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Lunker
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Discussion Starter · #21 ·
08-09-14
There was no daybreak run to the lobster grounds this morning. The low tide of the upcoming Super Moon was -1.3 feet at the trestle. The USS Coalman doesn't plane well on mud.

The first nine traps, eight keepahs. The next six prospect traps set the week before, one keepah.

So the deck was stacked and the traps set back in bugland.

Caught three notched females again. One was berried. I bet every one was the same from last week.

Nine keepah lobsters from Great Bay in August....I'll take that any season.
 

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Lunker
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262 Posts
Discussion Starter · #22 ·
No striped bass were hurt fishing with Roccus.

They were all released so that our children and grandchildren and their children and grandchildren may be able one day to experience the thrill of catching a monster striped bass.
 

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Lunker
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262 Posts
Discussion Starter · #23 ·
08-16-14
As a striper fisherman I love the Super Moon. As a lobster trapper I hate them. The Super Moon tides are huge. They flood the marsh and carry Eel Grass, Sea Lettuce, Rock Weed, Algae and mud as they exit the Bays.

After checking the first twelve traps today there were nine keepers in the cooler. I caught the berried calico female again. Her suitors were all shorts. How long before she lays her eggs?

The last three traps were set in 40+ feet of water. I had to wait an hour before low tide before they popped up. There must have been fifty pounds of algae on the line and another fifty pounds of crap in each trap. Sadly the wait was not worth it because those three traps had no bugs.

I took three traps back to my hero or zero spot. The week after the full moons see much more lobster movement.

Today's catch was highlighted with more hard shell than new shell lobsters.

Nothing beats the taste of a fresh Great Bay hard shell lobster.

08-17-14
Did you read the line above??

Mmmmm is all I can say!!
 

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Lunker
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262 Posts
Discussion Starter · #24 ·
08-20-14
Skipped out of work a little early to drown some slime. There were a couple boats in the honey hole so I went hunting. No love in those new rips.

When the boats cleared out at dusk I threw a lively eel to my brook trout rips. Four bites, two on, one in the net.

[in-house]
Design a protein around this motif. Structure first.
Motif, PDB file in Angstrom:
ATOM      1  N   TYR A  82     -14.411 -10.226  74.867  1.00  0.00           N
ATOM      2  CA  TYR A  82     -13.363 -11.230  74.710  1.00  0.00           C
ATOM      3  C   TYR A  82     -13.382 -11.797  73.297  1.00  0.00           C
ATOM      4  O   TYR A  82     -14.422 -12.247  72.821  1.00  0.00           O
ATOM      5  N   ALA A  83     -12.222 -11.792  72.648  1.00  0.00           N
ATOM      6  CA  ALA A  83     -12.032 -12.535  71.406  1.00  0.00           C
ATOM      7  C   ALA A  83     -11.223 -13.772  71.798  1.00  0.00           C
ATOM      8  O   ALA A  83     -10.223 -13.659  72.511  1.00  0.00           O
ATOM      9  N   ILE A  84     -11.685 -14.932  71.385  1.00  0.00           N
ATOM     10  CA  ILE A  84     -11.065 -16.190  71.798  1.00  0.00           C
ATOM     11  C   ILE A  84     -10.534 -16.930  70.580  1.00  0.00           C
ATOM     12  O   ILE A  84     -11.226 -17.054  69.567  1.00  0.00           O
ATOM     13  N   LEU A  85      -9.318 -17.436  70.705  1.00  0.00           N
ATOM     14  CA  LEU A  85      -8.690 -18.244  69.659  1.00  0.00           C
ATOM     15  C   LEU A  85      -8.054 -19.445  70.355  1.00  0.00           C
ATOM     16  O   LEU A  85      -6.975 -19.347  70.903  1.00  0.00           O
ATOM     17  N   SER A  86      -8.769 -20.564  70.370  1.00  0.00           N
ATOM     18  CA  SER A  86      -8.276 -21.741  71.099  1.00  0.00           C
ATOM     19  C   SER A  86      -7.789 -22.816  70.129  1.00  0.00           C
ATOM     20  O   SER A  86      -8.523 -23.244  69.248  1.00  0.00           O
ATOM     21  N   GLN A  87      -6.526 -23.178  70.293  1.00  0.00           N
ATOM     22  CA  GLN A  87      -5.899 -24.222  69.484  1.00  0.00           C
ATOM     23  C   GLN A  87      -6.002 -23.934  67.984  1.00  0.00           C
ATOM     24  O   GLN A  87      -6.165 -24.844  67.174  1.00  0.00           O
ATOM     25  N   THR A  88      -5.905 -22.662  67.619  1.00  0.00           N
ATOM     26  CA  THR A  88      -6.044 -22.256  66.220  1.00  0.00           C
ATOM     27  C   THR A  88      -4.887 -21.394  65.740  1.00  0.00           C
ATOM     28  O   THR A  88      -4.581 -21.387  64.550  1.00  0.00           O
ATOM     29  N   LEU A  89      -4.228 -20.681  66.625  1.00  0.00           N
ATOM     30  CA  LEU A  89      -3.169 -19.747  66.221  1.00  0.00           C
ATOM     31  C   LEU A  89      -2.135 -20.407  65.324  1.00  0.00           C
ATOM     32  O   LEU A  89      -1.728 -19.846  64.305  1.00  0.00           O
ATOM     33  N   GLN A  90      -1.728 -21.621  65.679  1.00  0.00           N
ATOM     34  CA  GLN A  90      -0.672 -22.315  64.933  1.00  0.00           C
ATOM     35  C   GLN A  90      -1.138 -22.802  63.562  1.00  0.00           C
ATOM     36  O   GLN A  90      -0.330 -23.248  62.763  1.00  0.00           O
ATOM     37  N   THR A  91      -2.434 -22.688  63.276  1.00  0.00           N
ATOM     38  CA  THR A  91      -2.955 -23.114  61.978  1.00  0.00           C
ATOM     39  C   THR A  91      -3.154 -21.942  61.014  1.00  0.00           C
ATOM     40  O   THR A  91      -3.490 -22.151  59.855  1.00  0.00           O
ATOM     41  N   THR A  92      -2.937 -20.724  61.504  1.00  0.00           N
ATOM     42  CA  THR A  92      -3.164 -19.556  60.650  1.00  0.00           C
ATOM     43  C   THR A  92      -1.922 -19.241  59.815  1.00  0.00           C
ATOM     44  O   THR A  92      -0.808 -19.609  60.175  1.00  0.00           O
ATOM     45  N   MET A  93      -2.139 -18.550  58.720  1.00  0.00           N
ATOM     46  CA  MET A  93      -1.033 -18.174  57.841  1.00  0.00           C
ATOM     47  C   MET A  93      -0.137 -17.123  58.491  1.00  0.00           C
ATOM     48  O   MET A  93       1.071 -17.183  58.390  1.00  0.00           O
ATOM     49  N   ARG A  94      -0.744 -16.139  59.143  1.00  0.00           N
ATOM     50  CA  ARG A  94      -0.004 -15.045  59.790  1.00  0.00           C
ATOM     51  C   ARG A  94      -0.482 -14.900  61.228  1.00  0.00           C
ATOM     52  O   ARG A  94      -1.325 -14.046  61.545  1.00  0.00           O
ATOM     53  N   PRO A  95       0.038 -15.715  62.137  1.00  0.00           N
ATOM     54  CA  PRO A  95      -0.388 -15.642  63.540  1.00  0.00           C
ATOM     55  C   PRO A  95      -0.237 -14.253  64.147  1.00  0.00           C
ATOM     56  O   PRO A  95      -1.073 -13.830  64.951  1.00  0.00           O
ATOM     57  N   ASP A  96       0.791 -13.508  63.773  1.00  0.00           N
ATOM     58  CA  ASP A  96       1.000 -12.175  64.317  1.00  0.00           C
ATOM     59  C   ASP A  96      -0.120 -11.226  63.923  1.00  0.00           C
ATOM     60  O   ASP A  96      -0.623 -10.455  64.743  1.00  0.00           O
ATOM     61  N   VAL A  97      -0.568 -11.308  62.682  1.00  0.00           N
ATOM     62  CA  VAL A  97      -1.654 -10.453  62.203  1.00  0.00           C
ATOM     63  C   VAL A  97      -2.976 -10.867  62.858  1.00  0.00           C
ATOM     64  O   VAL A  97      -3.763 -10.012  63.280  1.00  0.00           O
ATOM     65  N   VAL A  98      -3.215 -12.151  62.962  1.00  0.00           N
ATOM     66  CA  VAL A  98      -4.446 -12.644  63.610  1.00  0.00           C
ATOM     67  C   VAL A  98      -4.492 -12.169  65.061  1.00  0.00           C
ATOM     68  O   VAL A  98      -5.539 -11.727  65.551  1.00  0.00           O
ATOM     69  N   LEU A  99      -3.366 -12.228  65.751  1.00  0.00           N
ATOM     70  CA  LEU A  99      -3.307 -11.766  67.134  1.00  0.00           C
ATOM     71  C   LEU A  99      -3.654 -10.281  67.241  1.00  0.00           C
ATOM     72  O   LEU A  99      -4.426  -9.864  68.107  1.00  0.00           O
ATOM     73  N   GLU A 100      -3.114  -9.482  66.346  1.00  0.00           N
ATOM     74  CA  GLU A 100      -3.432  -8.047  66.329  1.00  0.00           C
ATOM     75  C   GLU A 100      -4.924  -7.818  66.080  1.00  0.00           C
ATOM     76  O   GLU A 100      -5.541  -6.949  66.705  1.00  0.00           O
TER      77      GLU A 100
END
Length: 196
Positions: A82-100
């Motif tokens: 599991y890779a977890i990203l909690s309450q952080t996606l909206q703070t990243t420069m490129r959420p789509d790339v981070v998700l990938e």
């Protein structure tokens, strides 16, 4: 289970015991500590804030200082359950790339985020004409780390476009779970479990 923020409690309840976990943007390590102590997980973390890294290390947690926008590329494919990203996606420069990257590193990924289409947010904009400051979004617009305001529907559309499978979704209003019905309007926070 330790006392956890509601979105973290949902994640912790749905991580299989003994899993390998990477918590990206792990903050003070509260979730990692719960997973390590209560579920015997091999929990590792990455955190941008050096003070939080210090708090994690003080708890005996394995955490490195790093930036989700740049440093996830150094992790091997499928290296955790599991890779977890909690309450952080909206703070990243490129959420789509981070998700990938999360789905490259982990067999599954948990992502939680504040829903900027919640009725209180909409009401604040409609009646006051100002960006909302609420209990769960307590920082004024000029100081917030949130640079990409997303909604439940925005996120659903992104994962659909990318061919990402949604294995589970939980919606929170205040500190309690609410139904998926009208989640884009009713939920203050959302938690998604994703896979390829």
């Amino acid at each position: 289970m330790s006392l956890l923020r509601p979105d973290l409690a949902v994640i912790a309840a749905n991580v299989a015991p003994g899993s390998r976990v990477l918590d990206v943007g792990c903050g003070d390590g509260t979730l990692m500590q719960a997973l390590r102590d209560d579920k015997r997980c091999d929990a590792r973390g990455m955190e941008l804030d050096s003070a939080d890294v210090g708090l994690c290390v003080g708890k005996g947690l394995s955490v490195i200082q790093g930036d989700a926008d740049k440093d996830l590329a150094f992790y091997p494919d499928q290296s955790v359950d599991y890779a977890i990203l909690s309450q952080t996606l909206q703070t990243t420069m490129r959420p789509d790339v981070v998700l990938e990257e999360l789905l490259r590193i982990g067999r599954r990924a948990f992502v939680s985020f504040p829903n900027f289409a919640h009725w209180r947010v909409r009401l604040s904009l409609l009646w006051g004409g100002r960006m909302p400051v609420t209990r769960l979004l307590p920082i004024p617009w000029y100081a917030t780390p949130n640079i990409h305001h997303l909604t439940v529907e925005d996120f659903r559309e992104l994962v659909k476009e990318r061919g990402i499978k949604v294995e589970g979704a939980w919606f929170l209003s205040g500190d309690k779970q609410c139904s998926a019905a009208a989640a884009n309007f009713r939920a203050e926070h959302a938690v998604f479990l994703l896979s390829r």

Six miles of WOT back to the dock and not a boat in sight.

Life is good.
 

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Lunker
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262 Posts
Discussion Starter · #25 ·
08-23-14
Avoided a real bad smell on today's check of the lobster traps. The first six traps, no keepahs. It was looking like a skunk!

Thank goodness for the Point. The last nine traps and there were eight eaters in the cooler.

The three hero or zero traps scored thirty three percent. One lobster. We'll try again next year.

Highlight of the day was doing a radio podcast on the boat with Dave Kellam and the Fish Nerds.

http://www.fishnerds.com/fish-ne....de-fish

We spoke about my connection to Great Bay and what I saw as its strength and weaknesses. Touched upon the different fish that come and go during a summer season.

And about the striped bass that "do not" live in Great Bay.

Dave took a lot of pictures. The two below are my favorite.

Although not a keeper this lobster shed its old shell while in the trap. The new shell lobster on the right is as soft as you have heard me say before, a "grape".



These are when lobsters are at their greatest threat of predation.

And the Great Bay Gundalow barge was on the water. This type of vessel supported the commerce around Great Bay estuary during the 18th and early 19th century. The ships unloaded onto these barges and with their shallow draft these vessels brought the ocean faring goods to the local town ports.

http://www.gundalow.org/

The Great Bay National Wildlife Reserve to the rear.



08-24-14
Back around 2005 was the last time my dad, due to the escalating effects of Parkinson's disease, and I celebrated his birthday with a fishing trip to Great Bay. His last day on the boat the Bay was alive with boiling striped bass and bluefish schools. I would hook the fish and he would reel them in.

Since that day each August 24th I try to get out on the Bay and fish in his honor.
Back on August 24th 2009 my son Shawn and I hit the jackpot by playing the huge school of Atlantic Menhaden (pogies) that invaded the Bay for bait.
Shawn got his personal best striper that day.



Which he chose to release.



I wasn't far behind.



No, today didn't produce any pogies for bait or for that matter a keepah stripah. I did put two bass in the boat and they swim free like my dad's spirit does today.
Happy Birthday Dad. I miss you. :(
 
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